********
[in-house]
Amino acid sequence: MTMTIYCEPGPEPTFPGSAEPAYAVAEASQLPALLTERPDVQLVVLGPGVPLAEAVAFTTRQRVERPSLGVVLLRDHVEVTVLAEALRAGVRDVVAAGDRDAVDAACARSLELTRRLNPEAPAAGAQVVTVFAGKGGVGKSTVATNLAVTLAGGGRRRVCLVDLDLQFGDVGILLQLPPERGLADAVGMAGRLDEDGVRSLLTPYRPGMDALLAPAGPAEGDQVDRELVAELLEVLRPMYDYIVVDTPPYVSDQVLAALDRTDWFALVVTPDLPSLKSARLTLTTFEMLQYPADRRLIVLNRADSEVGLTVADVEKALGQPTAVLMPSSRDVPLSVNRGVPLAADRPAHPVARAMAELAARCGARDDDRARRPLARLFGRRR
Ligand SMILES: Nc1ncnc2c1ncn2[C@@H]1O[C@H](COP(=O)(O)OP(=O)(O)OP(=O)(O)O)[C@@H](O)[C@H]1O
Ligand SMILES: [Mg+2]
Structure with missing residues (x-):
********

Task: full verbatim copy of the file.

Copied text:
[in-house]
Amino acid sequence: MTMTIYCEPGPEPTFPGSAEPAYAVAEASQLPALLTERPDVQLVVLGPGVPLAEAVAFTTRQRVERPSLGVVLLRDHVEVTVLAEALRAGVRDVVAAGDRDAVDAACARSLELTRRLNPEAPAAGAQVVTVFAGKGGVGKSTVATNLAVTLAGGGRRRVCLVDLDLQFGDVGILLQLPPERGLADAVGMAGRLDEDGVRSLLTPYRPGMDALLAPAGPAEGDQVDRELVAELLEVLRPMYDYIVVDTPPYVSDQVLAALDRTDWFALVVTPDLPSLKSARLTLTTFEMLQYPADRRLIVLNRADSEVGLTVADVEKALGQPTAVLMPSSRDVPLSVNRGVPLAADRPAHPVARAMAELAARCGARDDDRARRPLARLFGRRR
Ligand SMILES: Nc1ncnc2c1ncn2[C@@H]1O[C@H](COP(=O)(O)OP(=O)(O)OP(=O)(O)O)[C@@H](O)[C@H]1O
Ligand SMILES: [Mg+2]
Structure with missing residues (x-):